About Me

My photo

I am a qualified Attorney. I specialise in Property Law, Commercial Law, Corporate Law and Trusts.
 
Please visit our website at www.prop-law.co.za for more details.
 
I am an elected Committee Member of the Property Committee of the Association of Pretoria Attorneys and through my involvement, I like to ensure that I am constantly at the "sharp-end" of Conveyancing Practice.

I am the elected Chairman on the Gauteng Council of SAPOA. The South African Property Owners Association (SAPOA) is the biggest and most influential institution in the property industry. SAPOA members control about 90% of commercial property in SA, with a combined portfolio in excess of R150 Billion (about $22 Billion). I am also on the National Council and the National Legal Committee of SAPOA.
 
Member of the Institute of Directors South Africa and Member of the Sirdar Governance Panel.

07 May 2013

More bonds being granted, but banks still strict!

More bonds being granted, but banks still strict

The average home price showed a year-on-year gain of 9% in April to R893 000, according to the latest statistics from BetterBond, South Africa's biggest mortgage originator.

"This reflects the continued upward trend of prices over the past year, despite monthly fluctuations," says BetterBond CEO Rudi Botha, who notes that this growth has largely been driven by an increase in demand, as evidenced by the steady climb in the number of home loan applications being submitted each month. This number is now 9,6% higher, on average, than it was 12 months ago.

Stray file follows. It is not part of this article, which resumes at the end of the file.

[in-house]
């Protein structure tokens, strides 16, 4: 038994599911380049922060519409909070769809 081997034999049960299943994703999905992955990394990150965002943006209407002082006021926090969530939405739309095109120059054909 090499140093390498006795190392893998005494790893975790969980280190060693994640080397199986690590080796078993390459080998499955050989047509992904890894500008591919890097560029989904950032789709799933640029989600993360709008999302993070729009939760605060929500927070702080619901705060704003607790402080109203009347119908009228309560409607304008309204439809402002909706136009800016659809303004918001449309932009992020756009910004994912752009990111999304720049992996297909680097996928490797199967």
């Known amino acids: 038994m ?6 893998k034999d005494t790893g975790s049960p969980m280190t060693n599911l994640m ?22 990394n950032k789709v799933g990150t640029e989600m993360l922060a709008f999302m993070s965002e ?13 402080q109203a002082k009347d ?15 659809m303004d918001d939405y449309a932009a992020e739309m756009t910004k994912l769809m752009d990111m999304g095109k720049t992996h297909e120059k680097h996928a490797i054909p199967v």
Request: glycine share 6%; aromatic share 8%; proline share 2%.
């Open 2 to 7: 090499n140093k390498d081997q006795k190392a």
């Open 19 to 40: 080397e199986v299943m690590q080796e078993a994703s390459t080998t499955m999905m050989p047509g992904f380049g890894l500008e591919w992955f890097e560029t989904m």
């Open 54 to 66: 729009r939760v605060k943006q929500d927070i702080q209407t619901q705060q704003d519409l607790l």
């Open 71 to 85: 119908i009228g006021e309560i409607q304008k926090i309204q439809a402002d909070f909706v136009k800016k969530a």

"In addition, the monthly home loan approval rate now stands at 69% of those applications, compared with 61% 12 months ago, and what this means, given the higher number of applications, is that the banks are approving more bonds than they were at this time last year," he says.

"Indeed, this tallies with the latest available Reserve Bank statistics, which show a 1,6% year-on-year growth in mortgage advances in February, mostly as a result of higher demand in the residential property sector."

However, the BetterBond statistics, which represent 25% of all residential mortgage bonds being registered in the Deeds Office and include applications to, and bond grants from, all the major lending banks in SA, also show that the pattern of lending has remained much the same since August last year, with 30% to 35% of loans granted each month being for the full home purchase price (100% loans) and the remainder being spread fairly consistently over the other loan-to-value categories.

"This indicates," says Botha, "that while banks are now slowly expanding their home loan 'books' again, there has been no significant change in their lending criteria since the last interest rate drop in July 2012. The great majority of homebuyers are required to pay a deposit in order to secure a home loan, with the average deposit being 17% of purchase price - the same as it was 12 months ago."

The statistics also show a consistent pattern of higher percentage deposits being required for higher priced homes. For example, the average deposit required for homes costing between R500 000 and R1m, which is where the bulk of purchasing activity (42%) is taking place, has remained within a narrow range of 12% to14,5% of purchase price for the past 12 months.

By contrast, buyers in the R250 000 to R500 000 price category are usually only required to pay a deposit of around 7,5%, while those purchasing for more than R2,5m generally need to find around 35% of the price in cash.

Botha also says that no major changes to this scenario are expected at least until the end of this year, barring any sudden change in interest rates. "Despite the current low rates, the increase in demand for property - and in home loan lending - is likely to remain muted in the coming months as consumers struggle to cope with significant cost-of-living increases and the banks worry about very high household debt levels that limit the ability of borrowers to make bond repayments."

BetterBond Press Release


Click HERE to visit us on Facebook


No comments:

Post a Comment